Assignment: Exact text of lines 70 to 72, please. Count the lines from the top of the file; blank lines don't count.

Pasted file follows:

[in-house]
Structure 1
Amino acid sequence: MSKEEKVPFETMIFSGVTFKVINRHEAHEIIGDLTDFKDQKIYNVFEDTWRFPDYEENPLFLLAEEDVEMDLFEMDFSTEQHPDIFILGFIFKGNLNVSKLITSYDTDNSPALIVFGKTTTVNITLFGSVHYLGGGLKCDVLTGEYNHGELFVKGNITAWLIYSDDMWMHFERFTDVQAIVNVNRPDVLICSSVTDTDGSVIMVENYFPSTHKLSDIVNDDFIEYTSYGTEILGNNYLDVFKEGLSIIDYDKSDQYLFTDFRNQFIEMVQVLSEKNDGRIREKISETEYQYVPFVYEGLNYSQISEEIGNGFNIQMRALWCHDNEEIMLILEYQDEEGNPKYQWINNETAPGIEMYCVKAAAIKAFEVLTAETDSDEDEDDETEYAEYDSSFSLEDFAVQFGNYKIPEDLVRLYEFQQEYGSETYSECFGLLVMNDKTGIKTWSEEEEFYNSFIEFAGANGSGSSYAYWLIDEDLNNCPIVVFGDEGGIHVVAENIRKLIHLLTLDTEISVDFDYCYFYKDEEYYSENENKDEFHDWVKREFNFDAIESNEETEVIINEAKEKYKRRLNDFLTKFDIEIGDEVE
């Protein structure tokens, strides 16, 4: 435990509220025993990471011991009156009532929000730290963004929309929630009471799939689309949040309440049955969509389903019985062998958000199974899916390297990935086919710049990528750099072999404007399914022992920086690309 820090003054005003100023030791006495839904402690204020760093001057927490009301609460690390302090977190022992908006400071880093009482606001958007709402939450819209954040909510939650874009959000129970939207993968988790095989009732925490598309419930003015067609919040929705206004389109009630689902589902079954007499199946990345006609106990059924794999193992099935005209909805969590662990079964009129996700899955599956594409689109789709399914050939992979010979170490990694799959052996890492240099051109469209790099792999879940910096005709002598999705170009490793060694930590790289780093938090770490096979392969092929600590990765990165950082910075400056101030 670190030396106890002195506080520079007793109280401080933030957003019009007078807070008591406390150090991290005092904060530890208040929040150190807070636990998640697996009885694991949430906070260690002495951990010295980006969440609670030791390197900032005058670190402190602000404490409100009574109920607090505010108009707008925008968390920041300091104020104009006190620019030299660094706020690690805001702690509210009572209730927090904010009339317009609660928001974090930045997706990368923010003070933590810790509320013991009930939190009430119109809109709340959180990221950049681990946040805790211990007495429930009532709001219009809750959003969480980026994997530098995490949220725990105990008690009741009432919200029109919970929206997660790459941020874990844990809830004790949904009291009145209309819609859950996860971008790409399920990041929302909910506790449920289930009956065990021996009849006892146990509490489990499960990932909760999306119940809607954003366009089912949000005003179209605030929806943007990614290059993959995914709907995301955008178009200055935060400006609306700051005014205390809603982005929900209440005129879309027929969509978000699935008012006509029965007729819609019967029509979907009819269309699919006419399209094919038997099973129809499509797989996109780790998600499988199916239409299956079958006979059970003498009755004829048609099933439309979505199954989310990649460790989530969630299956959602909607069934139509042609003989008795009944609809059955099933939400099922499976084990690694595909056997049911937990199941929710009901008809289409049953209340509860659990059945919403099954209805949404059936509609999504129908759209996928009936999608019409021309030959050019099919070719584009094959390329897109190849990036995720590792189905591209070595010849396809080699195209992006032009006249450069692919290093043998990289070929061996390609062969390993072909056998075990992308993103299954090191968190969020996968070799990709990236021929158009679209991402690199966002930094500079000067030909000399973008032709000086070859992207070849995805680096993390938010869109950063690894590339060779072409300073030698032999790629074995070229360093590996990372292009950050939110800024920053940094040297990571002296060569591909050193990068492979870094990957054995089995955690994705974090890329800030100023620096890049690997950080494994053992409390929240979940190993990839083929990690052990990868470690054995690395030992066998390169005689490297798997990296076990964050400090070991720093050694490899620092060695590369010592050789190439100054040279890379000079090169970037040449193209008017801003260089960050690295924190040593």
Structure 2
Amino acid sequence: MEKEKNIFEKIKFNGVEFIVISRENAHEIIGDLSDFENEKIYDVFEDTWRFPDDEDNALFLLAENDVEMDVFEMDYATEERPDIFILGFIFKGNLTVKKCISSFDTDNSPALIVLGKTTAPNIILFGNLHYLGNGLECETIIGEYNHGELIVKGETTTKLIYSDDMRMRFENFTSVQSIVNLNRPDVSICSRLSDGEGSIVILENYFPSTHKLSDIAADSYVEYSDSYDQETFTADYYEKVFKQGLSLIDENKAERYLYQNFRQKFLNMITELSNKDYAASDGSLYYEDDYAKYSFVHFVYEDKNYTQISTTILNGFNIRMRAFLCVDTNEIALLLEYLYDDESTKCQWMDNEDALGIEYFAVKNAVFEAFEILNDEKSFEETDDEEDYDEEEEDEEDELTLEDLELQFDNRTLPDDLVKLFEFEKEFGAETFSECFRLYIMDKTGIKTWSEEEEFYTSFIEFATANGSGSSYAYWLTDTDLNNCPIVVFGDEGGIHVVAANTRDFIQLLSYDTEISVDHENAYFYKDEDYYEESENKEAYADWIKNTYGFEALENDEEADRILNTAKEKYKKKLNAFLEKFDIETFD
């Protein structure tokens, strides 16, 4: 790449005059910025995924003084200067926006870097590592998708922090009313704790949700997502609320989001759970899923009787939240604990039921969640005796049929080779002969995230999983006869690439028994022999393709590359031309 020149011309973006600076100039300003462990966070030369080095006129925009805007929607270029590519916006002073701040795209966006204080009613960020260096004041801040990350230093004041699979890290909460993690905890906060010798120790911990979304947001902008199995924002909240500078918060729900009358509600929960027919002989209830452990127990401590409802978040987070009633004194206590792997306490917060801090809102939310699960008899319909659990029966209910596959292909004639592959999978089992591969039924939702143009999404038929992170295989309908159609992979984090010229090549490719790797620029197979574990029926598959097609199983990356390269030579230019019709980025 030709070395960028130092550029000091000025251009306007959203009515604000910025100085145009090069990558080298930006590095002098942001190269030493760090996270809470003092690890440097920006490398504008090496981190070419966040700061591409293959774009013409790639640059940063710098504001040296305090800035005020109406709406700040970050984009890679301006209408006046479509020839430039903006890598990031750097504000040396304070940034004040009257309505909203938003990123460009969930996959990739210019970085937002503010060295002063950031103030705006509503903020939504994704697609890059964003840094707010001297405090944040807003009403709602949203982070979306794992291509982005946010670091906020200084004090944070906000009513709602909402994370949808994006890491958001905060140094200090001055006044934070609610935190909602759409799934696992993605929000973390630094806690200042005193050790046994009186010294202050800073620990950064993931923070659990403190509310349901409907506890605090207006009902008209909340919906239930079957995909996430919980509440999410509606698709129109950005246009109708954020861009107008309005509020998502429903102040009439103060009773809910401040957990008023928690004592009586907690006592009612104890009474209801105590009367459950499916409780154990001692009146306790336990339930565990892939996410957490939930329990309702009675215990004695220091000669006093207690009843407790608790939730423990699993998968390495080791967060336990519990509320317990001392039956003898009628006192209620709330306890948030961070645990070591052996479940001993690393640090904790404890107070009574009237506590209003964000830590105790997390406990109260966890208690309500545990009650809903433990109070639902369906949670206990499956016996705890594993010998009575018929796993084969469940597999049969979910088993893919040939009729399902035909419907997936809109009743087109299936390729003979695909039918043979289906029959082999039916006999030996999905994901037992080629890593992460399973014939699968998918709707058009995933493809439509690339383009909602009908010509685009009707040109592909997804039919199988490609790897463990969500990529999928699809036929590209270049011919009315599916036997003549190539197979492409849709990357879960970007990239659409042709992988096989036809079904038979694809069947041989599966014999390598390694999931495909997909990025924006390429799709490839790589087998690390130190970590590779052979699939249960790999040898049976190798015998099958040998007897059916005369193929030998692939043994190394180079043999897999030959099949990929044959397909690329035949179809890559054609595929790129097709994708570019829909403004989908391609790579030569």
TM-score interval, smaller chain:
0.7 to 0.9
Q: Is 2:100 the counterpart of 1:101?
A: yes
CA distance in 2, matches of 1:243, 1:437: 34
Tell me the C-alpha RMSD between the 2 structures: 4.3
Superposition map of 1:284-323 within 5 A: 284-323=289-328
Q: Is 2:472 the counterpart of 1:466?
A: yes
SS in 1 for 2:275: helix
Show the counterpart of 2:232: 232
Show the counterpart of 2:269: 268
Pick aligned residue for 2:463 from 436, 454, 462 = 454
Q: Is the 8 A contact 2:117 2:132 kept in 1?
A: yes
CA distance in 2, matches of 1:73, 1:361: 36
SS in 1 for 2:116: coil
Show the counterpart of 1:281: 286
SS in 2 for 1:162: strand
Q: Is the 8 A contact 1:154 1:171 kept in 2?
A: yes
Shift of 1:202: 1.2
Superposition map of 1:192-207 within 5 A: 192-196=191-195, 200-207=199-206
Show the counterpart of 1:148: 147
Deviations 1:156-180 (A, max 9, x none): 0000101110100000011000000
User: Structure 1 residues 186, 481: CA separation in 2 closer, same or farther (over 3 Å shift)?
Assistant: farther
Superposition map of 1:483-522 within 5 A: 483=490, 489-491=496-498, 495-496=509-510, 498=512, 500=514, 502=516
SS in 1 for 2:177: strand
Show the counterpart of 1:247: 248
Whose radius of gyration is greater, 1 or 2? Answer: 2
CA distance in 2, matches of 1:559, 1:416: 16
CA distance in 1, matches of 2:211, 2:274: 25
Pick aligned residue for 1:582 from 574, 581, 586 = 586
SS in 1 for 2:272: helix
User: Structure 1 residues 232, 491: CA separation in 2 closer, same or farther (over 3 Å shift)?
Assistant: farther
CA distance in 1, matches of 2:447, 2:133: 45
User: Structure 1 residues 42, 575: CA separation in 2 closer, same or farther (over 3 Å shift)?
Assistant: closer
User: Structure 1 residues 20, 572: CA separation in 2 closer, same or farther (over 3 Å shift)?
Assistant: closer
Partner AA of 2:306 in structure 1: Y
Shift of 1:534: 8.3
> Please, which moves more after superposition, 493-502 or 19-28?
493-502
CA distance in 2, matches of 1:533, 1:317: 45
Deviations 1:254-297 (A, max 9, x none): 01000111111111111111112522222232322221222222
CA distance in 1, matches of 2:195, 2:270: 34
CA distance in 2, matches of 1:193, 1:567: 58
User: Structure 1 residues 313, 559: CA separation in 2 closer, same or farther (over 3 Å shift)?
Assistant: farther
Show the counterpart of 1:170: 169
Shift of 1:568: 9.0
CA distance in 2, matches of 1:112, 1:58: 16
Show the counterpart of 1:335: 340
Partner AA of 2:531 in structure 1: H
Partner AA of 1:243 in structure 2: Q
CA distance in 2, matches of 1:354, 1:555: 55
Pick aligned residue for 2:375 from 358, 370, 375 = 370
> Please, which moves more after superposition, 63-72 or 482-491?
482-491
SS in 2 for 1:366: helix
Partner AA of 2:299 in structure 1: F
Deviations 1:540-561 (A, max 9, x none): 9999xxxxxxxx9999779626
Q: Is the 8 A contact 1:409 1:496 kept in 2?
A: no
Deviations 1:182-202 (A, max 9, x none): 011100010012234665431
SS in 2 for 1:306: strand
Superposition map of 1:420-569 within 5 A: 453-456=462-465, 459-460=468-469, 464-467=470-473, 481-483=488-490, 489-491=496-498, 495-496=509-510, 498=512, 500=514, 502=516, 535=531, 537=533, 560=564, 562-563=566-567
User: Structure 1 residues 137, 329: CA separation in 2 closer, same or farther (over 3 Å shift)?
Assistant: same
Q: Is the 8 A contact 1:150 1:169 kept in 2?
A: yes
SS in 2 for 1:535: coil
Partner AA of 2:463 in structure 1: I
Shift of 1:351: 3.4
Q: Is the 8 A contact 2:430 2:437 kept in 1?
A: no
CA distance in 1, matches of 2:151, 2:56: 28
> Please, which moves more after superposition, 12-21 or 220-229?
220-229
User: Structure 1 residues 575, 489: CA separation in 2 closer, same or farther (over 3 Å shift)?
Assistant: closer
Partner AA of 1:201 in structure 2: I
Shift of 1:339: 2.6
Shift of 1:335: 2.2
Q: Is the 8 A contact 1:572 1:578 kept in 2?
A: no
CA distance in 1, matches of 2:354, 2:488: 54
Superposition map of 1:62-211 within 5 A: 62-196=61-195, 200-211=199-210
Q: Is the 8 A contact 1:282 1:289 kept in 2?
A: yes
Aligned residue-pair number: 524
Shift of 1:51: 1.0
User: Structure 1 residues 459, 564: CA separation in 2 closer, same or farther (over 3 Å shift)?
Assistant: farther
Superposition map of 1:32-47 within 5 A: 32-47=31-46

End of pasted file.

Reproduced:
SS in 2 for 1:366: helix
Partner AA of 2:299 in structure 1: F
Deviations 1:540-561 (A, max 9, x none): 9999xxxxxxxx9999779626